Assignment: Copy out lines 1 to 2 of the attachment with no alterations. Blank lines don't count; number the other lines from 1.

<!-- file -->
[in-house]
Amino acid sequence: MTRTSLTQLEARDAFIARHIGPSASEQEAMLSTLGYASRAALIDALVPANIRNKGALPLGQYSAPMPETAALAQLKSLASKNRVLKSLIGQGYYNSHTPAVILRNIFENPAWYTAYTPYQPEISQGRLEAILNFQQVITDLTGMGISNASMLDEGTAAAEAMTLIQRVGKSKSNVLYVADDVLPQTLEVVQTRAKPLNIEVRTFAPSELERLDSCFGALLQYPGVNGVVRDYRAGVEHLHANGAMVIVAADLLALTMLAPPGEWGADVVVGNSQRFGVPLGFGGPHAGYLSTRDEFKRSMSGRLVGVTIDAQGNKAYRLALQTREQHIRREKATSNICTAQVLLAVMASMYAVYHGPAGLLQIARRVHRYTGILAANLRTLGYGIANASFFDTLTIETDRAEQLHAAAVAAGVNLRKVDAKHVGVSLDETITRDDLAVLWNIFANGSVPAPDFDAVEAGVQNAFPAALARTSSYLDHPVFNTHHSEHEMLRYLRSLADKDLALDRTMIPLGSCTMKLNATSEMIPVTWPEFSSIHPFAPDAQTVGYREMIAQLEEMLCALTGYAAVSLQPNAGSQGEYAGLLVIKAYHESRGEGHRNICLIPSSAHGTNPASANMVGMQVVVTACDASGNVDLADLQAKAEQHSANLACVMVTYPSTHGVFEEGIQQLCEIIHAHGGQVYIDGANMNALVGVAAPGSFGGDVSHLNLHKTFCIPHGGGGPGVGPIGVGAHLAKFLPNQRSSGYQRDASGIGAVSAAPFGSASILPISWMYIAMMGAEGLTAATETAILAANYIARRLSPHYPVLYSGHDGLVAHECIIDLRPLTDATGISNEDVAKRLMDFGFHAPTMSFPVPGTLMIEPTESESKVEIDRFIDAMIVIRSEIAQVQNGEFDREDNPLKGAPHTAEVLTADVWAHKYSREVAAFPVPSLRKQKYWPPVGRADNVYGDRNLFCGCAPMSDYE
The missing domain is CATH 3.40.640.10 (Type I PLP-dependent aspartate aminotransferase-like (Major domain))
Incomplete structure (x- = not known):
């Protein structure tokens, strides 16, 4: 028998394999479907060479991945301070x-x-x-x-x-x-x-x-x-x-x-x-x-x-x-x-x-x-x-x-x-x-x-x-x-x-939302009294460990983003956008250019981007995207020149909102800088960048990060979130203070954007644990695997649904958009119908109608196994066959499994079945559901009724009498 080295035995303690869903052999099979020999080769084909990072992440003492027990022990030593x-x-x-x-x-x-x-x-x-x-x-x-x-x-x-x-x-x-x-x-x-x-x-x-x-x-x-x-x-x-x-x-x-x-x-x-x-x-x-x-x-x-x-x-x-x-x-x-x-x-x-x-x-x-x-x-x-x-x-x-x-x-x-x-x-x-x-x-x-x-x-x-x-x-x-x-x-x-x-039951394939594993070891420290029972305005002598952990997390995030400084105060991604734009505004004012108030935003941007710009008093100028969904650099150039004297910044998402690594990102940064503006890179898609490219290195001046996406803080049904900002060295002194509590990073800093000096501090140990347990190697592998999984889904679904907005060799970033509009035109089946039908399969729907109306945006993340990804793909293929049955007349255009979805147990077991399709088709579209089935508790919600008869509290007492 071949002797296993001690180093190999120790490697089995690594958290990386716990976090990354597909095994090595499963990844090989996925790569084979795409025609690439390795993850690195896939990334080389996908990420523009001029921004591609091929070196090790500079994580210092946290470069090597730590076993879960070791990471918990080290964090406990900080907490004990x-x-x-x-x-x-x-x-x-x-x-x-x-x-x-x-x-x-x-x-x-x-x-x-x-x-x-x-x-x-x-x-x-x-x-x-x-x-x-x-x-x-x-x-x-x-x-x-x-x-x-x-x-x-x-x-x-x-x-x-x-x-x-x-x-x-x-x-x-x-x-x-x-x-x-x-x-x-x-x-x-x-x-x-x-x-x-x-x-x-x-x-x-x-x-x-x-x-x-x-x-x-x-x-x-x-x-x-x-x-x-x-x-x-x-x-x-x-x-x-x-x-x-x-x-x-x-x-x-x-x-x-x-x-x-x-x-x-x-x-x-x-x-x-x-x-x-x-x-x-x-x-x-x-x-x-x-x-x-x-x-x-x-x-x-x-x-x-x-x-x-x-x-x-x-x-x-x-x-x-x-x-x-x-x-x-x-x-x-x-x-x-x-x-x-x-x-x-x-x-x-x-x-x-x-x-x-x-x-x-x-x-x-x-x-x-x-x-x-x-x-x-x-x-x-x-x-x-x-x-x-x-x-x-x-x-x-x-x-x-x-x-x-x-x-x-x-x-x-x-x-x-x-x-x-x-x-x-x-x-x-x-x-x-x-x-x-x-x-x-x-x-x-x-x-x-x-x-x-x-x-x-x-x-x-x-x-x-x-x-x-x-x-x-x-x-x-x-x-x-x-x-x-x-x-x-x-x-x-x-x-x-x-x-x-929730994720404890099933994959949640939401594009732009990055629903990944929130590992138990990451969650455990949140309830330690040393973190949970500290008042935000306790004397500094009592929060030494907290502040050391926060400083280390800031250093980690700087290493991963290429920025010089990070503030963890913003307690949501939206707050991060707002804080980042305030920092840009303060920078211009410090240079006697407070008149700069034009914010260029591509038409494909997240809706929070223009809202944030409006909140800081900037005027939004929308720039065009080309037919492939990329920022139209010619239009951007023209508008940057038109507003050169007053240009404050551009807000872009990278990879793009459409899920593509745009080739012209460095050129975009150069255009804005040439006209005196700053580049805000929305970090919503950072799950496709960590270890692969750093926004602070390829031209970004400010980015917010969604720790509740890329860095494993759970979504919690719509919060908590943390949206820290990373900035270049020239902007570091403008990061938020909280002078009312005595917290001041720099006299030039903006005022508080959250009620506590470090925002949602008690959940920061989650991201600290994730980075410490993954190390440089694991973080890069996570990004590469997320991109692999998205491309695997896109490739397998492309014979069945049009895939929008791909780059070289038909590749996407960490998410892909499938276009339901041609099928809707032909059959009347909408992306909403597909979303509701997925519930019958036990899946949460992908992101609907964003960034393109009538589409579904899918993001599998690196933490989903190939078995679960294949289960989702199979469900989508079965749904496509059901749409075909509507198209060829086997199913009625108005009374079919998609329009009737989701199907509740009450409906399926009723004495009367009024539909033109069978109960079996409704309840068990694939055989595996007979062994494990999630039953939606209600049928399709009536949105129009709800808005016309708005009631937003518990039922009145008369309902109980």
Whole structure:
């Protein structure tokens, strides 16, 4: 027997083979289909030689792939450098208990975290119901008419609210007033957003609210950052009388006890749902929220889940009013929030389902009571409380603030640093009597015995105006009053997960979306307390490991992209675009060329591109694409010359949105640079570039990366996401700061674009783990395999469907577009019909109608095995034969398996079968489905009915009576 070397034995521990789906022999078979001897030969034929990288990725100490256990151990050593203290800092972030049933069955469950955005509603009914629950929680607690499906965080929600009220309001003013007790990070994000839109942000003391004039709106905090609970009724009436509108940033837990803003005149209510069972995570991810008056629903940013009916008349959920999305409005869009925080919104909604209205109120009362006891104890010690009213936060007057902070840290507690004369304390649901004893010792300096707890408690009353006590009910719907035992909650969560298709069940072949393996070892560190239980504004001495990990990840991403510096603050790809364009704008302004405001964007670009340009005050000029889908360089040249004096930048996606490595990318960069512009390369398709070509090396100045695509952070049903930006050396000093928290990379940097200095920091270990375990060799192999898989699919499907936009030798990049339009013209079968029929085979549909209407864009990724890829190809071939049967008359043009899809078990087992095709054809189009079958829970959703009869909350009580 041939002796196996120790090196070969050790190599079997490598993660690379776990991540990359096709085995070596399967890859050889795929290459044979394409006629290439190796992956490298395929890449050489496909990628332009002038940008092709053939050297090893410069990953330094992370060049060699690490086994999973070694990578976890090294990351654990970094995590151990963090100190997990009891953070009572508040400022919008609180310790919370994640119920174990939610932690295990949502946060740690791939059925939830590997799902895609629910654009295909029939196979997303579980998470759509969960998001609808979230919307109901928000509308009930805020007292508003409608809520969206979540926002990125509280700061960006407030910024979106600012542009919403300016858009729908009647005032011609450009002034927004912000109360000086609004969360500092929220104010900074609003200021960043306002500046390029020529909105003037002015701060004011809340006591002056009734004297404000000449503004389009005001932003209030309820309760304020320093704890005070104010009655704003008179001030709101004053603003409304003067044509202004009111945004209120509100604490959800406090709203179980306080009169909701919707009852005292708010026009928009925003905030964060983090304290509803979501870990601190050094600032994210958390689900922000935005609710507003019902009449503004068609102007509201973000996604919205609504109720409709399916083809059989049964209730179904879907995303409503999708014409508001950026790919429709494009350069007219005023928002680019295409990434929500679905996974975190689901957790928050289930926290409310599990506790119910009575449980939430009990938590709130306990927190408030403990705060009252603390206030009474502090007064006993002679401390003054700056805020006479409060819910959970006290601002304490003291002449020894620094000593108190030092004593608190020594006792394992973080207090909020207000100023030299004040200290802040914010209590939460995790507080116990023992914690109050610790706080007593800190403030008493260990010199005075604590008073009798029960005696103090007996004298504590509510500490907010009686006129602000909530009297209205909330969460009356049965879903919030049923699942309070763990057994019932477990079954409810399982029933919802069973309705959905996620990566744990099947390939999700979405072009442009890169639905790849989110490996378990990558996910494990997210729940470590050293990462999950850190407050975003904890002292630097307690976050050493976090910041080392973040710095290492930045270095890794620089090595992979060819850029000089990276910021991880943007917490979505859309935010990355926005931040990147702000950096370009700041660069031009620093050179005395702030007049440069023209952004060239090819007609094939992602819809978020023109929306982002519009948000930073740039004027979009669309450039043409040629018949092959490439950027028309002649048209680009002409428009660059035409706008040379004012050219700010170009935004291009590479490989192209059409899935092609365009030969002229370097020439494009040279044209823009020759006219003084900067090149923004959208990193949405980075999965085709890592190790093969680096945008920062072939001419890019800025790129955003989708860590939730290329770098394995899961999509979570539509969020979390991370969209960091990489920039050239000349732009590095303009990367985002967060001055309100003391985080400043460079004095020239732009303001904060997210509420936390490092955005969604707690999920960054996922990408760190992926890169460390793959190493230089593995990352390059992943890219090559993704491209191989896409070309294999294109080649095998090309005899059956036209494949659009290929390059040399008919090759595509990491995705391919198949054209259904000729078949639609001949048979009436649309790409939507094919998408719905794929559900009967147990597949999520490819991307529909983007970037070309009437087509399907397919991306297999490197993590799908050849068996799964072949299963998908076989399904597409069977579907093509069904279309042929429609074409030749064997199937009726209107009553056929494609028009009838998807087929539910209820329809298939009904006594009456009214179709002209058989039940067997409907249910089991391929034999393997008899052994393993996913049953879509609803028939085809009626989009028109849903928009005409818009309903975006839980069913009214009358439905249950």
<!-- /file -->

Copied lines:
[in-house]
Amino acid sequence: MTRTSLTQLEARDAFIARHIGPSASEQEAMLSTLGYASRAALIDALVPANIRNKGALPLGQYSAPMPETAALAQLKSLASKNRVLKSLIGQGYYNSHTPAVILRNIFENPAWYTAYTPYQPEISQGRLEAILNFQQVITDLTGMGISNASMLDEGTAAAEAMTLIQRVGKSKSNVLYVADDVLPQTLEVVQTRAKPLNIEVRTFAPSELERLDSCFGALLQYPGVNGVVRDYRAGVEHLHANGAMVIVAADLLALTMLAPPGEWGADVVVGNSQRFGVPLGFGGPHAGYLSTRDEFKRSMSGRLVGVTIDAQGNKAYRLALQTREQHIRREKATSNICTAQVLLAVMASMYAVYHGPAGLLQIARRVHRYTGILAANLRTLGYGIANASFFDTLTIETDRAEQLHAAAVAAGVNLRKVDAKHVGVSLDETITRDDLAVLWNIFANGSVPAPDFDAVEAGVQNAFPAALARTSSYLDHPVFNTHHSEHEMLRYLRSLADKDLALDRTMIPLGSCTMKLNATSEMIPVTWPEFSSIHPFAPDAQTVGYREMIAQLEEMLCALTGYAAVSLQPNAGSQGEYAGLLVIKAYHESRGEGHRNICLIPSSAHGTNPASANMVGMQVVVTACDASGNVDLADLQAKAEQHSANLACVMVTYPSTHGVFEEGIQQLCEIIHAHGGQVYIDGANMNALVGVAAPGSFGGDVSHLNLHKTFCIPHGGGGPGVGPIGVGAHLAKFLPNQRSSGYQRDASGIGAVSAAPFGSASILPISWMYIAMMGAEGLTAATETAILAANYIARRLSPHYPVLYSGHDGLVAHECIIDLRPLTDATGISNEDVAKRLMDFGFHAPTMSFPVPGTLMIEPTESESKVEIDRFIDAMIVIRSEIAQVQNGEFDREDNPLKGAPHTAEVLTADVWAHKYSREVAAFPVPSLRKQKYWPPVGRADNVYGDRNLFCGCAPMSDYE